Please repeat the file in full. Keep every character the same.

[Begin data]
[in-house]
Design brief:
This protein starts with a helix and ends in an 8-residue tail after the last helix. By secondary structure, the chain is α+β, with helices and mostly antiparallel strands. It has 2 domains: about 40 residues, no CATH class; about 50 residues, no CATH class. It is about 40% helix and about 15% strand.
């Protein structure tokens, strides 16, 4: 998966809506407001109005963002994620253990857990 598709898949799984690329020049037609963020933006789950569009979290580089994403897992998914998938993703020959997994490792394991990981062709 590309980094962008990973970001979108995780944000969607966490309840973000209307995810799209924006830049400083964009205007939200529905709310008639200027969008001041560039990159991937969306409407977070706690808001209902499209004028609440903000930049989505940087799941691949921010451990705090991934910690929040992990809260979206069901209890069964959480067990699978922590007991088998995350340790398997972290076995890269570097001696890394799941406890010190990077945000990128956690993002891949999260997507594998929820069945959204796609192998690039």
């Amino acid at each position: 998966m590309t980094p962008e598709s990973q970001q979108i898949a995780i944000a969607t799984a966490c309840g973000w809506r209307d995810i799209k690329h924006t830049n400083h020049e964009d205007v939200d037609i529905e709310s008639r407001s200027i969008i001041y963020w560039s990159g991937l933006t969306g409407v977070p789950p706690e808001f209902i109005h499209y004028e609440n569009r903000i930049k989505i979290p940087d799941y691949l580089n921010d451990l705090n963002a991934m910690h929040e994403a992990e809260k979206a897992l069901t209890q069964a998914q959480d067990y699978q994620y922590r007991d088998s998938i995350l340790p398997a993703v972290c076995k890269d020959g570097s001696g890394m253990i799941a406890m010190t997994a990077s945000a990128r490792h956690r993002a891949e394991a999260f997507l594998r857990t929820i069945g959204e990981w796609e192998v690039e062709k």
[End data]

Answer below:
[in-house]
Design brief:
This protein starts with a helix and ends in an 8-residue tail after the last helix. By secondary structure, the chain is α+β, with helices and mostly antiparallel strands. It has 2 domains: about 40 residues, no CATH class; about 50 residues, no CATH class. It is about 40% helix and about 15% strand.
């Protein structure tokens, strides 16, 4: 998966809506407001109005963002994620253990857990 598709898949799984690329020049037609963020933006789950569009979290580089994403897992998914998938993703020959997994490792394991990981062709 590309980094962008990973970001979108995780944000969607966490309840973000209307995810799209924006830049400083964009205007939200529905709310008639200027969008001041560039990159991937969306409407977070706690808001209902499209004028609440903000930049989505940087799941691949921010451990705090991934910690929040992990809260979206069901209890069964959480067990699978922590007991088998995350340790398997972290076995890269570097001696890394799941406890010190990077945000990128956690993002891949999260997507594998929820069945959204796609192998690039």
């Amino acid at each position: 998966m590309t980094p962008e598709s990973q970001q979108i898949a995780i944000a969607t799984a966490c309840g973000w809506r209307d995810i799209k690329h924006t830049n400083h020049e964009d205007v939200d037609i529905e709310s008639r407001s200027i969008i001041y963020w560039s990159g991937l933006t969306g409407v977070p789950p706690e808001f209902i109005h499209y004028e609440n569009r903000i930049k989505i979290p940087d799941y691949l580089n921010d451990l705090n963002a991934m910690h929040e994403a992990e809260k979206a897992l069901t209890q069964a998914q959480d067990y699978q994620y922590r007991d088998s998938i995350l340790p398997a993703v972290c076995k890269d020959g570097s001696g890394m253990i799941a406890m010190t997994a990077s945000a990128r490792h956690r993002a891949e394991a999260f997507l594998r857990t929820i069945g959204e990981w796609e192998v690039e062709k």